# What Lenders Review When Determining Your Business Credit

A brand new business owner may not necessarily be found as a financial expert. It is quite common and natural that a start-up will often be required to take a loan. Investors normally wish to be provided with an extensive financial analysis and data before considering granting any such loan to the owner for their start-up.

So, what is this data, and where does it come from? The data is from the bookkeeping records that calculates all of the company’s financial ratios. These ratios define the health and well-being of a business along with the risks. Investors are highly interested to see these facts and figures before deciding if they wish to invest in that certain business or not.

Ratio analysis is one of the most recognized methods used to determine a business’s overall financial condition. These ratios are also most useful in making comparisons and assessments between a client and other companies in the industry.

In accounting and bookkeeping, each of the below ratios is extremely important for credit professionals to make informed decisions. They can judge and decide if they should or shouldn’t give customers credit, exactly how creditworthy the business is, how much they should invest, and the appropriate terms of sale.

## Financial Ratios That Lenders Review when Deciding the Credit Worthiness of a Business

1. ### Debt-to-Equity Ratio

The debt-to-equity ratio permits lenders to compare a company’s assets with their debts. A lender considers a business as high risk when their equity debt is a high ratio. They would much rather invest in a business where the ratio calculated is found to be of little or no debt.

To calculate the debt-to-equity ratio, take a company’s recent balance sheet. Divide the figure of total liabilities by their total figure of shareholder’s equity. For example, for a business with \$200,000 as liabilities and \$400,000 as assets, that company’s debt-to-equity ratio will be calculated as 0.5.

1. ### Operating Margin

An operating margin is used to calculate a company’s profit as a percentage of their total sales. Operating margins find a company’s total revenue and total profit. These figures give a clear picture of where the company is standing in terms of efficiency.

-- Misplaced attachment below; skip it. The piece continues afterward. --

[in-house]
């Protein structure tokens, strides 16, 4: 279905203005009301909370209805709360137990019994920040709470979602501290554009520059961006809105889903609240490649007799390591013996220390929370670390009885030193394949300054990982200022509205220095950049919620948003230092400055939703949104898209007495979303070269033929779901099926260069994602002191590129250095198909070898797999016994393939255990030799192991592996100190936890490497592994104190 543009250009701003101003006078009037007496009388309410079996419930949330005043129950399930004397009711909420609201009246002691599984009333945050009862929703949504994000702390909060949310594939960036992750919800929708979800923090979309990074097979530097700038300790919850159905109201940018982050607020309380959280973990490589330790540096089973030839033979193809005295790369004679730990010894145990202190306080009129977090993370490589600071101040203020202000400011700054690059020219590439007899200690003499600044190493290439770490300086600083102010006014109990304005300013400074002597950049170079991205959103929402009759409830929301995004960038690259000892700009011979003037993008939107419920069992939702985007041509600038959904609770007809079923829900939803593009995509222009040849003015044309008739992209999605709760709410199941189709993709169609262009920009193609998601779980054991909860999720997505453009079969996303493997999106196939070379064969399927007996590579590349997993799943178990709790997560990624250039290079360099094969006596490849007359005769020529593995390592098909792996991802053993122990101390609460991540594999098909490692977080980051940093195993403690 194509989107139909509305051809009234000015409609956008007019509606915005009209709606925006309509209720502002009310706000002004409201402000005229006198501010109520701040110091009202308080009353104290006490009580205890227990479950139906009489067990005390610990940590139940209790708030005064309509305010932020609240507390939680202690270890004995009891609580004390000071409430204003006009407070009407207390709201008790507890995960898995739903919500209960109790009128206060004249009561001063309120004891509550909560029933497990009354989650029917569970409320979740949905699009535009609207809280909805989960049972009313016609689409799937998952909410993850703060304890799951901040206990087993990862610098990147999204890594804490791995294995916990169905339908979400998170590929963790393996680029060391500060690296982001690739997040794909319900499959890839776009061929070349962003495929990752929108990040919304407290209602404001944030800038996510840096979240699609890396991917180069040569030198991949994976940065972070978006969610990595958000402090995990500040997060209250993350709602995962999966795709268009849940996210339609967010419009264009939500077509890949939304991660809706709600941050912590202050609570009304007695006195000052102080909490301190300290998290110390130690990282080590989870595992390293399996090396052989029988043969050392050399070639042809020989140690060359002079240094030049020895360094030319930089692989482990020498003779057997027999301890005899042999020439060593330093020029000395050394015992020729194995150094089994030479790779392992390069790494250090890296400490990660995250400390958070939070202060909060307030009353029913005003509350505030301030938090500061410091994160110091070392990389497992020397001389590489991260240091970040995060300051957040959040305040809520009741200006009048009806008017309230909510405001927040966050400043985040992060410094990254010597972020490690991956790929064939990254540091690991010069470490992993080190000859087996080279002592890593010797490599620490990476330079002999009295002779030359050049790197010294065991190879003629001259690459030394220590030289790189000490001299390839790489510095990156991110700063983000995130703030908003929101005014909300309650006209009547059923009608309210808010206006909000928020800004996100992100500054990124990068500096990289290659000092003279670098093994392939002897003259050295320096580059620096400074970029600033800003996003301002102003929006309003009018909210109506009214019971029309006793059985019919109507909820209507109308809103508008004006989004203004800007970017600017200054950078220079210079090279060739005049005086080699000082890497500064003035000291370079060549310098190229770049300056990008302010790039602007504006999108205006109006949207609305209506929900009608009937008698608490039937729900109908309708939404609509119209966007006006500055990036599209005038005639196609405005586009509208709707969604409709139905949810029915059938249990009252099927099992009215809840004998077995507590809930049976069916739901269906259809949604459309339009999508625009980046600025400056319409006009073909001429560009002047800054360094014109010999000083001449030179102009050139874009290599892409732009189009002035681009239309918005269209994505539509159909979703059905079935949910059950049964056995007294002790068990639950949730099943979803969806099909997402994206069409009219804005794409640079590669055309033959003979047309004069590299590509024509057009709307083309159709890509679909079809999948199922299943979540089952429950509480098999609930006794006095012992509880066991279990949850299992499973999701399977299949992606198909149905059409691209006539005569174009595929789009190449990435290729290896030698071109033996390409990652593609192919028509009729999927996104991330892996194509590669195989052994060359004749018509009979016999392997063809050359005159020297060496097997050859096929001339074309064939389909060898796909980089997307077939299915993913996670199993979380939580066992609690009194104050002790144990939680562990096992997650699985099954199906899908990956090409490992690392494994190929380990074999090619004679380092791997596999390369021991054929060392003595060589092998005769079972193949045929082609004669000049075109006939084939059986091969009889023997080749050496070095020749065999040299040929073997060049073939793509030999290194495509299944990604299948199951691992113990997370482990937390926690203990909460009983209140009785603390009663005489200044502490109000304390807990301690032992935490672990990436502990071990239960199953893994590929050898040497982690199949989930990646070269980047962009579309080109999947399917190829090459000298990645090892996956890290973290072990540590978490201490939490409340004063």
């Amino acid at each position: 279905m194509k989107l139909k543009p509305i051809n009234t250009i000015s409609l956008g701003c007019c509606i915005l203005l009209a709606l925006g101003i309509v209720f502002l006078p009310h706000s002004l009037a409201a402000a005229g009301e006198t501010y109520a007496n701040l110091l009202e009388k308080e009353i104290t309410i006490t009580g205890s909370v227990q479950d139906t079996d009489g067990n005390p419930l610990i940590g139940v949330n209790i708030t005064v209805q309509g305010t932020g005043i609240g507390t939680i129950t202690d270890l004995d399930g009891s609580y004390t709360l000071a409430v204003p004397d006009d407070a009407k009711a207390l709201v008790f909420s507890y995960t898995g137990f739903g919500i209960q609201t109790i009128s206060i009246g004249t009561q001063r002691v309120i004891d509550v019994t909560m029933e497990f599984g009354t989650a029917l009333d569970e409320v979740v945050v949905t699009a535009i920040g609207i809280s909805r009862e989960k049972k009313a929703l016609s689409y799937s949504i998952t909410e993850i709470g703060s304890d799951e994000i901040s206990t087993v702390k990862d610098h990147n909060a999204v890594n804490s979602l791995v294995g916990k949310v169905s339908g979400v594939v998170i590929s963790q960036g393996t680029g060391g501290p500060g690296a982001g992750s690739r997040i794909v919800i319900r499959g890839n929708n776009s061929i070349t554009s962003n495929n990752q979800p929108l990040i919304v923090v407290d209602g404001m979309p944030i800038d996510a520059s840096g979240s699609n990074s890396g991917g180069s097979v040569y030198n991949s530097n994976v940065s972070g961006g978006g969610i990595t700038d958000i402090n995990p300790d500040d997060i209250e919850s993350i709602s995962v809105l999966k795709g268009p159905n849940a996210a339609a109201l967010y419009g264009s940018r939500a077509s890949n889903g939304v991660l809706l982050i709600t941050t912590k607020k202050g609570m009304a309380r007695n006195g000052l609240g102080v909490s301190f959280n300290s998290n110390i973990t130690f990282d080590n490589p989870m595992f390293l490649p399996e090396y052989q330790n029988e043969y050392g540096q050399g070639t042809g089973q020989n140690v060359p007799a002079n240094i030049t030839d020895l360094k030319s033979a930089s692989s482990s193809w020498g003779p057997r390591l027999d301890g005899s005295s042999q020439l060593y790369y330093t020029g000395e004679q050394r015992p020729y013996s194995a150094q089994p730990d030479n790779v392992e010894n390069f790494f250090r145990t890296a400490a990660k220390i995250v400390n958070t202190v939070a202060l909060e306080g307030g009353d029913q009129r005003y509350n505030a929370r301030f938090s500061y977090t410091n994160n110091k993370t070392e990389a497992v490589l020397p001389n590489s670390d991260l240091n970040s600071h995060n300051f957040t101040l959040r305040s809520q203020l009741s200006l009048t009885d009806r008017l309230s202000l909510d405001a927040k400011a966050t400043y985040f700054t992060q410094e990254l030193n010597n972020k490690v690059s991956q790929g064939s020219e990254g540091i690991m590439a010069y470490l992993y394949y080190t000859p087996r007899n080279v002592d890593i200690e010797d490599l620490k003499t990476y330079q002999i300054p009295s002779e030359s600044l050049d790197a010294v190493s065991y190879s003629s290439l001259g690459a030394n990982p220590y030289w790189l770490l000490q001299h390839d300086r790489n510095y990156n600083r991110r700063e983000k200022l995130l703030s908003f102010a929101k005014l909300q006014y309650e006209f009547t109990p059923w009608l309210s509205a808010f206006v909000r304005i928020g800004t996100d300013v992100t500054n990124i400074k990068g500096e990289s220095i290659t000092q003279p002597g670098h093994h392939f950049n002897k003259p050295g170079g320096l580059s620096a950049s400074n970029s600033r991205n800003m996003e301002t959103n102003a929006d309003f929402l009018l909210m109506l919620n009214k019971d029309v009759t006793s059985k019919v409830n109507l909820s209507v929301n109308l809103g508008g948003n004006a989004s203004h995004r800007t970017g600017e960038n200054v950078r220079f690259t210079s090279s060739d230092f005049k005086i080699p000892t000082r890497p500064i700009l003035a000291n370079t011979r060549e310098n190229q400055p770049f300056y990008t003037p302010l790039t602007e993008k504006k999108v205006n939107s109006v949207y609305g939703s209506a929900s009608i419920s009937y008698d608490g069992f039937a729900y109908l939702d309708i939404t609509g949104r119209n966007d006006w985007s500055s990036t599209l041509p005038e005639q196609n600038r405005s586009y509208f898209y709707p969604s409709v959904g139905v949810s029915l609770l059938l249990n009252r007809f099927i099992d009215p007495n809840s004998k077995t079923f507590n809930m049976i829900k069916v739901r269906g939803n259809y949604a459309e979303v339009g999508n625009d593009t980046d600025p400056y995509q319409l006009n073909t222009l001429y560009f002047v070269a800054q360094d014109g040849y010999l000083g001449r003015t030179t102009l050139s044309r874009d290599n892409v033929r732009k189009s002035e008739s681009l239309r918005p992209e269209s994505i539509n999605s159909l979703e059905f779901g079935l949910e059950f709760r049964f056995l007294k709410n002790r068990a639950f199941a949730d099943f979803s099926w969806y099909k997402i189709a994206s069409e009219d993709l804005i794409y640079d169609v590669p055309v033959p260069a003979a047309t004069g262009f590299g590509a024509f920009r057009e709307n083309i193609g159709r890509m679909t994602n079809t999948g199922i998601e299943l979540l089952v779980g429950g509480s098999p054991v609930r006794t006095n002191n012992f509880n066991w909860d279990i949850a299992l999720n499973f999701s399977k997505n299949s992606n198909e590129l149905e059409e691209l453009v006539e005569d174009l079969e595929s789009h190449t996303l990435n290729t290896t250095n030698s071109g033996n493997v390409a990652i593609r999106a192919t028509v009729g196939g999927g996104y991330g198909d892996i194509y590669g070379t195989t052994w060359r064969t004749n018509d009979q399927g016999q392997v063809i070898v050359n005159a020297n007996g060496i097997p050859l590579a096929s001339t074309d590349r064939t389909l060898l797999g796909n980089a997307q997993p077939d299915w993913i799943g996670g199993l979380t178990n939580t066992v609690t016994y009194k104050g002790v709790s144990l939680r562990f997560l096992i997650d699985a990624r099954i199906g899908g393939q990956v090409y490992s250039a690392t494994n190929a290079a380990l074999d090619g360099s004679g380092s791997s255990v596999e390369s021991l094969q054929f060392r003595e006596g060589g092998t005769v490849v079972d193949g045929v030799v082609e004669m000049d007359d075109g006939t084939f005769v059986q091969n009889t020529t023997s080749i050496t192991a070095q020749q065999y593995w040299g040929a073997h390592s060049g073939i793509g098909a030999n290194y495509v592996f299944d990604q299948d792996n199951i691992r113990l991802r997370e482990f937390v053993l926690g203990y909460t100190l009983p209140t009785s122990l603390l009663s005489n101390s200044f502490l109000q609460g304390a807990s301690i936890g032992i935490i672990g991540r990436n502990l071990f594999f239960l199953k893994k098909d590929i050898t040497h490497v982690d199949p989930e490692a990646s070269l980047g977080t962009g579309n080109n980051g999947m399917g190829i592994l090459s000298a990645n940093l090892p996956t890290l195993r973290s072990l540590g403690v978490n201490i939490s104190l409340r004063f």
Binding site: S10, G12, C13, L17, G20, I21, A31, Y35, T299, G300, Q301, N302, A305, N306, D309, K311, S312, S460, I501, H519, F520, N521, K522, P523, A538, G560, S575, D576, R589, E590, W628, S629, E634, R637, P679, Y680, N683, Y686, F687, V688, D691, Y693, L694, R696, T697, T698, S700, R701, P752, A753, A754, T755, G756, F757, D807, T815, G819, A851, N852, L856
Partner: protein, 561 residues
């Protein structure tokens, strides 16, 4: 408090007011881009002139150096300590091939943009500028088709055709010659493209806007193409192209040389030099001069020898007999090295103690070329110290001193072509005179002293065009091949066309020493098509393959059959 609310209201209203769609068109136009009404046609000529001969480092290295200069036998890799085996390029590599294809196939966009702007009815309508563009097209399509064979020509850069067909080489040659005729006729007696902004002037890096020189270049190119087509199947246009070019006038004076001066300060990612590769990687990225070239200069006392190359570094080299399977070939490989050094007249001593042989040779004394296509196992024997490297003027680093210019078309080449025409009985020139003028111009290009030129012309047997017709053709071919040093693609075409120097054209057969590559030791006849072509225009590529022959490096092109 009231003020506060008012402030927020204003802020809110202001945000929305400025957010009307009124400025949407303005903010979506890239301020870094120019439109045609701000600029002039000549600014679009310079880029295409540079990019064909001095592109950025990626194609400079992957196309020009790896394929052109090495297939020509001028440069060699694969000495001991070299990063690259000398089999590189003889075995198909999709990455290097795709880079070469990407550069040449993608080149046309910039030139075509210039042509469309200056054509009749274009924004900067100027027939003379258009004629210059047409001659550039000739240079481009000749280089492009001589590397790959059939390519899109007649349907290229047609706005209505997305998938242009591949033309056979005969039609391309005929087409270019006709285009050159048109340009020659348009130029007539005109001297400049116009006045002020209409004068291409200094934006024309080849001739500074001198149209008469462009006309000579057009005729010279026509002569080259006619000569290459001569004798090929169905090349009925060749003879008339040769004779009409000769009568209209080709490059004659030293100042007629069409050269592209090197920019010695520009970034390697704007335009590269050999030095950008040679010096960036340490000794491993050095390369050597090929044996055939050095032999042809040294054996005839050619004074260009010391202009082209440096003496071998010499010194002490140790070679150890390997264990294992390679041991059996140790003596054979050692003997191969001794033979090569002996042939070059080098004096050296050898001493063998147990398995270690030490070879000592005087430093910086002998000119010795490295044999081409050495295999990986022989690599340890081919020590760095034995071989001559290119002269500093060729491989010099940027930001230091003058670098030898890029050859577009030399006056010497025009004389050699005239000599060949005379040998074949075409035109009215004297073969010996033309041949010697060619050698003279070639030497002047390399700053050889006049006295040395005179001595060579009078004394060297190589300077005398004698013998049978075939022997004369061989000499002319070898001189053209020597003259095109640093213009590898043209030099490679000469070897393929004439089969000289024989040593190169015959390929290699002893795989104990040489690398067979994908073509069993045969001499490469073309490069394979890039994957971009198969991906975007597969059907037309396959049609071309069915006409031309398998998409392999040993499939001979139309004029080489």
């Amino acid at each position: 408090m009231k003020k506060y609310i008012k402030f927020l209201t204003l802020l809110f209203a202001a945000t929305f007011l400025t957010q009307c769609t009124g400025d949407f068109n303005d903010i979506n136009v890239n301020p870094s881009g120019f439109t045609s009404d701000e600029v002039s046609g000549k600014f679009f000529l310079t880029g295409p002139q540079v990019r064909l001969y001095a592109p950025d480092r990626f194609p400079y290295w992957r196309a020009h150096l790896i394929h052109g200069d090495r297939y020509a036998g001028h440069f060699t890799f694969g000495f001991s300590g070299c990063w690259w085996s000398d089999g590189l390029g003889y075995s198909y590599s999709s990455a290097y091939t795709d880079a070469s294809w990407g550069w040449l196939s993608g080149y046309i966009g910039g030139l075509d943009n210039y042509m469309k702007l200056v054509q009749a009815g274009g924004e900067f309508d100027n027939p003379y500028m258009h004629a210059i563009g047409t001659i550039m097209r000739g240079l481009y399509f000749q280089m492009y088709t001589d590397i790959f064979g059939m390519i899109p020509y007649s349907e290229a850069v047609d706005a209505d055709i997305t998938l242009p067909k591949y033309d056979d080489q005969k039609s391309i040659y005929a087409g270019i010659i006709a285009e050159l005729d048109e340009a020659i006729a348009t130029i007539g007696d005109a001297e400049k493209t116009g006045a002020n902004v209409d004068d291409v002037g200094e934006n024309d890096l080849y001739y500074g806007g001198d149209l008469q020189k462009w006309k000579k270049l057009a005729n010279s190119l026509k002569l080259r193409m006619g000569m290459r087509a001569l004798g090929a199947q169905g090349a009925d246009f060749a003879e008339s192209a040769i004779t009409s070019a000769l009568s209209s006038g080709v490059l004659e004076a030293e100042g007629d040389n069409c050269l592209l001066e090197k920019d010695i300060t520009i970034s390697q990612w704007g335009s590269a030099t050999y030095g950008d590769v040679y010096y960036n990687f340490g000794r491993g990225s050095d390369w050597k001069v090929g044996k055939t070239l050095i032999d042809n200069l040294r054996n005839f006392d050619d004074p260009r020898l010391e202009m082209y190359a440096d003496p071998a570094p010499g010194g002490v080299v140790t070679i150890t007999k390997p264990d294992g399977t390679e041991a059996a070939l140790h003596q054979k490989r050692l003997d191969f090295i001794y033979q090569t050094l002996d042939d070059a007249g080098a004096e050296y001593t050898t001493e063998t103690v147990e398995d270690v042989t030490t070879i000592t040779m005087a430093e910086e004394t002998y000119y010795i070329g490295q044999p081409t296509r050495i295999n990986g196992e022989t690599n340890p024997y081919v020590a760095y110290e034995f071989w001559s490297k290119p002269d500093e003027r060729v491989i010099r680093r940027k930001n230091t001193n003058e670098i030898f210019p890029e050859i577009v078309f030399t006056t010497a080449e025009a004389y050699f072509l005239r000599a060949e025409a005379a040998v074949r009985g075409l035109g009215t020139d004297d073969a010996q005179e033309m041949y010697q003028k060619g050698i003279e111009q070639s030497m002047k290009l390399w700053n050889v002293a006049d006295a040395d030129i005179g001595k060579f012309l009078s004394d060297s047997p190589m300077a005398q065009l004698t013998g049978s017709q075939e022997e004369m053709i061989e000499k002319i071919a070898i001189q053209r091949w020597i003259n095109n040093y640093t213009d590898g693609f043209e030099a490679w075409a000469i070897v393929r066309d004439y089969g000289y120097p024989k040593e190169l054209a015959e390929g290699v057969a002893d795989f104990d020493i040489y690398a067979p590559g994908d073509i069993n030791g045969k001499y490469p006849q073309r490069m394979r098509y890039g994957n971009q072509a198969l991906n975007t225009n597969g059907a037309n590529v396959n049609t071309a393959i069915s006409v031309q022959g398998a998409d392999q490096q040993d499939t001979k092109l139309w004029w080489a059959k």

To determine the company’s operating margin, divide the income from operations by the total figure of net revenues. For example, a company with a \$1 million figure from \$100 million yearly profits from their sales will have its operating margin calculated at 1%.

1. ### Current Ratio

The current ratio is used as a liquidity ratio. This ratio is calculated when the total current assets’ total sum is divided by the total current liabilities. This ratio measures if you have sufficient assets to pay for your liabilities. If your current ratio is calculated to be two, it means that you have twice as many current assets as your current liabilities.

This ratio is similar to the ratio of debt-to-equity, though in this case, total assets are divided by total liabilities instead of liabilities divided by shareholder’s equity.

1. ### Inventory Ratio

A company’s production and purchasing efficiency can be calculated by using the inventory ratio. The inventory ratio gives a fair picture of how many times the company can sell their inventory for a specific period.

To calculate this ratio, divide the entire cost of the services or products sold with the entire inventory cost. If the ratio is higher, it means the company is more efficient at turning over their inventory. Lenders will take and consider such businesses as creditworthy and most likely to be successful and productive for investment.

Let’s take an example of this. If a business has sales of \$500,000 and an inventory of \$100,000, the inventory ratio calculated will be 5-to-1.

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